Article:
He graced with unaffected poetry a life of as hard study, of as hard work, and as varied achievement as any I have known or read of; and he played with gifts and acquirements such as in no great measure have made reputations. He had a rare and lovely humor which could amuse itself both in English and Italian with such an airy burletta as “Il Pesceballo” (he wrote it in Metastasian Italian, and Lowell put it in libretto English); he had a critical sense as sound as it was subtle in all literature; and whatever he wrote he imbued with the charm of a style finely personal to himself. His learning in the line of his Harvard teaching included an early English scholarship unrivalled in his time, and his researches in ballad literature left no corner of it untouched. I fancy this part of his study was peculiarly pleasant to him; for he loved simple and natural things, and the beauty which he found nearest life. At least he scorned the pedantic affectations of literary superiority; and he used to quote with joyous laughter the swelling exclamation of an Italian critic who proposed to leave the summits of polite learning for a moment, with the cry, “Scendiamo fra il popolo!” (Let us go down among the people.)
Of course it was only so hard worked a man who could take thought and trouble for another. He once took thought for me at a time when it was very important to me, and when he took the trouble to secure for me an engagement to deliver that course of Lowell lectures in Boston, which I have said Lowell had the courage to go in town to hear. I do not remember whether Professor Child was equal to so much, but he would have been if it were necessary; and I rather rejoice now in the belief that he did not seek quite that martyrdom.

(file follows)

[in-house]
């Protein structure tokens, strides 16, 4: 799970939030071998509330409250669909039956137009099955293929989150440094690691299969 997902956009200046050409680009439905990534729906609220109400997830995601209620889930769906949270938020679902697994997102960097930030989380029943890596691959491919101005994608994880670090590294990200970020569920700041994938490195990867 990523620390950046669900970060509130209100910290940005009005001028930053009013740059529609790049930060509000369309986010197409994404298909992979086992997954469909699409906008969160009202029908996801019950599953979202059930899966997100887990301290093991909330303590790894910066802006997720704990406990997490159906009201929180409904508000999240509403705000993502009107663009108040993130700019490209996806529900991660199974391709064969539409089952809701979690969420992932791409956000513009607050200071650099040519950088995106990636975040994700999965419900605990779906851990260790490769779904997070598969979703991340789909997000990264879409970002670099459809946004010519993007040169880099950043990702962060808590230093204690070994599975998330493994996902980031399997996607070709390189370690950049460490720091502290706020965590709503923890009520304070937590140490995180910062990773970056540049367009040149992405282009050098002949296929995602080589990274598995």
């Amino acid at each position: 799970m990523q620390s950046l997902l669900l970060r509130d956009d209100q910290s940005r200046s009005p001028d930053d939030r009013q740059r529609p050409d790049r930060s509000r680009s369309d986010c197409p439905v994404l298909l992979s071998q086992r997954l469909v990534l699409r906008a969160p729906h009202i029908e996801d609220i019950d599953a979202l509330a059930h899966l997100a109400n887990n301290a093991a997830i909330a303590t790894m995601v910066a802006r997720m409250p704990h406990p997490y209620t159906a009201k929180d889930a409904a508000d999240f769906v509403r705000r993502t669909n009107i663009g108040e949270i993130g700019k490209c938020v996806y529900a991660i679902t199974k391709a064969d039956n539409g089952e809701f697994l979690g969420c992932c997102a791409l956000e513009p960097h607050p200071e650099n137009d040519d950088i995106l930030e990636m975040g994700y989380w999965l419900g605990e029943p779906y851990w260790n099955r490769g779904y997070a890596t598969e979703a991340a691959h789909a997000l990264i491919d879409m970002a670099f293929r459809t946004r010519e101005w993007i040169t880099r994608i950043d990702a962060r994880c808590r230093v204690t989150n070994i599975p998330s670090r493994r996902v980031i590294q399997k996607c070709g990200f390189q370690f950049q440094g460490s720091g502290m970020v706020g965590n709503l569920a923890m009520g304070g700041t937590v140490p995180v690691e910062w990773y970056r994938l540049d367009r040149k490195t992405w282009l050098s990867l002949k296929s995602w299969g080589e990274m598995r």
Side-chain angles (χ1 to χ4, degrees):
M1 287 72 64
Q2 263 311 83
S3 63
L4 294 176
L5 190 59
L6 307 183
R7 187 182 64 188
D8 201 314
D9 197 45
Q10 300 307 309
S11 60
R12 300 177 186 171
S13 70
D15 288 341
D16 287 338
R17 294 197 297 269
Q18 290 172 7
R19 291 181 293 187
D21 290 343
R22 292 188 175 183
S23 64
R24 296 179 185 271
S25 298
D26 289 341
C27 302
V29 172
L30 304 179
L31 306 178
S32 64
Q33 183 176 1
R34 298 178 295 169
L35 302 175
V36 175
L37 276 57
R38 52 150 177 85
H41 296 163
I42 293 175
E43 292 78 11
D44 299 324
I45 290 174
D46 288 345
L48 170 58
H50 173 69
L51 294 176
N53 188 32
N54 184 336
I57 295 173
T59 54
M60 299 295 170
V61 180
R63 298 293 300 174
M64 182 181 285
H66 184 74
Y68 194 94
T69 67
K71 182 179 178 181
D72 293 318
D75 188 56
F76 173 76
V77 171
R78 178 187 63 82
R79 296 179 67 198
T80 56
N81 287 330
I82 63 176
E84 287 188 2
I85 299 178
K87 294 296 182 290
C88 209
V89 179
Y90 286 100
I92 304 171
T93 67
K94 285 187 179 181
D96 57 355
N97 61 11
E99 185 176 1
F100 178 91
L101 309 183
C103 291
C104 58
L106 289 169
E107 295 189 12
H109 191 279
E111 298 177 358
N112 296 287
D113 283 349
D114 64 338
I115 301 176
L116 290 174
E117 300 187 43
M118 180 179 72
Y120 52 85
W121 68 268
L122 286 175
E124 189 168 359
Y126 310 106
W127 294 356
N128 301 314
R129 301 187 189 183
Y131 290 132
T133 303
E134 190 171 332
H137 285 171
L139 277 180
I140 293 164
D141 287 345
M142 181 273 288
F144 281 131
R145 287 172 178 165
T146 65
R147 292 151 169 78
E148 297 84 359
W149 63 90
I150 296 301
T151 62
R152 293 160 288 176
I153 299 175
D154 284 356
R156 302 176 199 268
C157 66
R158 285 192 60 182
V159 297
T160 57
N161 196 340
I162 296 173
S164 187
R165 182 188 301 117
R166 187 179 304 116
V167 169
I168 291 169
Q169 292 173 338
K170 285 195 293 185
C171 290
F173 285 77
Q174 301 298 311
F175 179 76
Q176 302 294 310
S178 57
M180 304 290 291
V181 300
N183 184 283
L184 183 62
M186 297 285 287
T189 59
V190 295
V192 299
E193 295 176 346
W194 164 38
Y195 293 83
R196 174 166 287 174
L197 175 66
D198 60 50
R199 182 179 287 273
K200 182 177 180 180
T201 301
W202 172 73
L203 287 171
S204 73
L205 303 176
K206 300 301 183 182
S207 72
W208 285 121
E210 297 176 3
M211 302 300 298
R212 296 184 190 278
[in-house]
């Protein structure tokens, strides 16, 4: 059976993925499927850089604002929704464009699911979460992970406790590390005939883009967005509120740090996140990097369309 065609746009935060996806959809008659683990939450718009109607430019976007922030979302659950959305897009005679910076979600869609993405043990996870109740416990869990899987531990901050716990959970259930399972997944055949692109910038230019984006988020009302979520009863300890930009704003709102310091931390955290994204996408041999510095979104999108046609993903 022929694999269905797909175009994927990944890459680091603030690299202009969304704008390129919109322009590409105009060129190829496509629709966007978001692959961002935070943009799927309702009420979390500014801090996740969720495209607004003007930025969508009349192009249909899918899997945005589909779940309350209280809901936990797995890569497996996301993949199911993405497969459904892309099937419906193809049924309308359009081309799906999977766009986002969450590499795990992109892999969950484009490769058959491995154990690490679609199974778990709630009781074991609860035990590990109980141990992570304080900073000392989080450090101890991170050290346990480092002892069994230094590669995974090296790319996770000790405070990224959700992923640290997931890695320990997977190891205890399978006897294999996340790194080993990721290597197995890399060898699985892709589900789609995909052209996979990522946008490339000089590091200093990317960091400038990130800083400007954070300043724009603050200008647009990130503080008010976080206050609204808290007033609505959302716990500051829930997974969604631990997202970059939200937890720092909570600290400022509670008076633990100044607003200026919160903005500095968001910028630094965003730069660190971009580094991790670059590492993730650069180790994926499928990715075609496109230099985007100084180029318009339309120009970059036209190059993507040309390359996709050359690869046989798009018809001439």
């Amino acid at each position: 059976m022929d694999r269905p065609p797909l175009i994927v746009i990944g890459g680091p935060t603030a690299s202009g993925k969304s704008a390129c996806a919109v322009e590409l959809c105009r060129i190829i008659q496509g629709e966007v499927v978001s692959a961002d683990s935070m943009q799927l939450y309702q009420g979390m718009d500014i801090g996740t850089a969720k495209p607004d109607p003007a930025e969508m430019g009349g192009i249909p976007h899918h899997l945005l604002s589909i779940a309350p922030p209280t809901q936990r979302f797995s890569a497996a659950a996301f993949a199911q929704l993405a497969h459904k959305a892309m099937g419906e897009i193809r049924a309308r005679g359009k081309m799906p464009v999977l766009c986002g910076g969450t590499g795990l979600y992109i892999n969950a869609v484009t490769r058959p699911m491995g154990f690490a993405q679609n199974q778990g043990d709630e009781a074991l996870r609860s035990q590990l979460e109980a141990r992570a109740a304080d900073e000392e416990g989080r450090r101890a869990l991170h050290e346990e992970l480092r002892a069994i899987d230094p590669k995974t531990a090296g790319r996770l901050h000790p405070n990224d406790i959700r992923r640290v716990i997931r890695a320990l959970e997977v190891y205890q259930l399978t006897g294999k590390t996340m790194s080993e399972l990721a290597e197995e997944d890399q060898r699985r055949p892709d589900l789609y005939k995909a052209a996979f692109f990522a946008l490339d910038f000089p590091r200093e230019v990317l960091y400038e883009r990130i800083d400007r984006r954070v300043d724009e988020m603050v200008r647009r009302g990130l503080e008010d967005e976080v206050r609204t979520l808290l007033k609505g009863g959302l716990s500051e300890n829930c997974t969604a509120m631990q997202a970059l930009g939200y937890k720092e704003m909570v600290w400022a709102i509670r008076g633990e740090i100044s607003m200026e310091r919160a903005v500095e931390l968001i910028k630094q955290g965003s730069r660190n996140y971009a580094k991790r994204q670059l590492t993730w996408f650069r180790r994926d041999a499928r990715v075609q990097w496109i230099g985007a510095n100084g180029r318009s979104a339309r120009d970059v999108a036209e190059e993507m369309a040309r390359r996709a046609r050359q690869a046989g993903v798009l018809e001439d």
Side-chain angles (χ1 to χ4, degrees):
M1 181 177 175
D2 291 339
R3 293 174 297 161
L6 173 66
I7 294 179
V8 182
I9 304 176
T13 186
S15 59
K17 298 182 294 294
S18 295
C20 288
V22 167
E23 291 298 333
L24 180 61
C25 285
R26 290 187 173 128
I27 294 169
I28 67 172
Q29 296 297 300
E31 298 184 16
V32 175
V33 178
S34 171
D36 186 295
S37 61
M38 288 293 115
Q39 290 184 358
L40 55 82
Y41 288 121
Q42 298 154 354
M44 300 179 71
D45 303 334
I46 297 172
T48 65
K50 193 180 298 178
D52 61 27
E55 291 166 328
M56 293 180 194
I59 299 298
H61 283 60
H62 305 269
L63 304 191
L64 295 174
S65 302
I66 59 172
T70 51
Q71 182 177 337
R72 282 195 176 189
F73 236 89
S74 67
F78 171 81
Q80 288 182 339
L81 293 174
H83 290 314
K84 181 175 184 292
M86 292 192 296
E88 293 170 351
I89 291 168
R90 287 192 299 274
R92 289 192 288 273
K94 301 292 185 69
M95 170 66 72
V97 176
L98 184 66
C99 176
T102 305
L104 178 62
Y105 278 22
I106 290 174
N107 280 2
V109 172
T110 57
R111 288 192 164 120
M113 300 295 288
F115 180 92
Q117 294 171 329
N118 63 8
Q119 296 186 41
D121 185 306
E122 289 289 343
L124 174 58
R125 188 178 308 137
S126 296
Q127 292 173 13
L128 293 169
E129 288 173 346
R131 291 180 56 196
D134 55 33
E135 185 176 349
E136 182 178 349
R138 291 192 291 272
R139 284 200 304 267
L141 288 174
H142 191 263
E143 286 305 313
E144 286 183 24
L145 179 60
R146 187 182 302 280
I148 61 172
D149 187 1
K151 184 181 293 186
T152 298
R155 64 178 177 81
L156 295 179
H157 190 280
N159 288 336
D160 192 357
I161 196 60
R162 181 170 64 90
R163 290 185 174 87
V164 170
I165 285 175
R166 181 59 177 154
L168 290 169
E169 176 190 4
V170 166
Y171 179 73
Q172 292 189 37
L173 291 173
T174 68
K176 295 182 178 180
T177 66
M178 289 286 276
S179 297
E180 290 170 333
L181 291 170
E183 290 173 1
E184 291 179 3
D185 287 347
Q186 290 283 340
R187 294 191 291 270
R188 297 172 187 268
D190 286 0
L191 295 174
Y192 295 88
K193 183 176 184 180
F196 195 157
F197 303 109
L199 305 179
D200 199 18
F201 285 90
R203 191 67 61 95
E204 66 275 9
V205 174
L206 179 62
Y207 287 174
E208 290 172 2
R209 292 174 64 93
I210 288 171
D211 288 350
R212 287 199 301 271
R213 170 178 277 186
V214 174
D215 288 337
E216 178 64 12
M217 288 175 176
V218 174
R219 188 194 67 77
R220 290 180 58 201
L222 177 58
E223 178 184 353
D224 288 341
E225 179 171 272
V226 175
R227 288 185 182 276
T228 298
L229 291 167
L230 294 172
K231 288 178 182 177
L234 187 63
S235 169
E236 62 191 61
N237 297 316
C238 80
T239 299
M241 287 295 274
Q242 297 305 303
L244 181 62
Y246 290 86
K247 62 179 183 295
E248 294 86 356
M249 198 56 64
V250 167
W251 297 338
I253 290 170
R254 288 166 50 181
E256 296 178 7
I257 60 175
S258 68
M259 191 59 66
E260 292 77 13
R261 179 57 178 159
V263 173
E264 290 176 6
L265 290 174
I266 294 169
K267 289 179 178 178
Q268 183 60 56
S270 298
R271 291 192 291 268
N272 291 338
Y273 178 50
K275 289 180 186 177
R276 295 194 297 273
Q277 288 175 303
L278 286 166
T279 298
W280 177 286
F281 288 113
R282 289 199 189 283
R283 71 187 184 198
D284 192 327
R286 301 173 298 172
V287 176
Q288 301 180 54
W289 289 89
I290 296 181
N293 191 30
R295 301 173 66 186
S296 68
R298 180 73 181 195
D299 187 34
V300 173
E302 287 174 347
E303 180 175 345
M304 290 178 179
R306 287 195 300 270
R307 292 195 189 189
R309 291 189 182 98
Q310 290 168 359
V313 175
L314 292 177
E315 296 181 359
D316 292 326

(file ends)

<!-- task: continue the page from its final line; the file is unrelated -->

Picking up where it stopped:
He had done more than enough for me, but he had done only what he was always willing to do for others. In the form of a favor to himself he brought into my fife the great happiness of intimately knowing Hjalmar Hjorth Boyesen, whom he had found one summer day among the shelves in the Harvard library, and found to be a poet and an intending novelist. I do not remember now just how this fact imparted itself to the professor, but literature is of easily cultivated confidence in youth, and possibly the revelation was spontaneous. At any rate, as a susceptible young editor, I was asked to meet my potential contributor at the professor’s two o’clock dinner, and when we came to coffee in the study, Boyesen took from the pocket nearest his heart a chapter of ‘Gunnar’, and read it to us.
Perhaps the good professor who brought us together had plotted to have both novel and novelist make their impression at once upon the youthful sub-editor; but at any rate they did not fail of an effect. I believe it was that chapter where Gunnar and Ragnhild dance and sing a ‘stev’ together, for I associate with that far happy time the rich mellow tones of the poet’s voice in the poet’s verse. These were most characteristic of him, and it is as if I might put my ear against the ethereal wall beyond which he is rapt and hear them yet.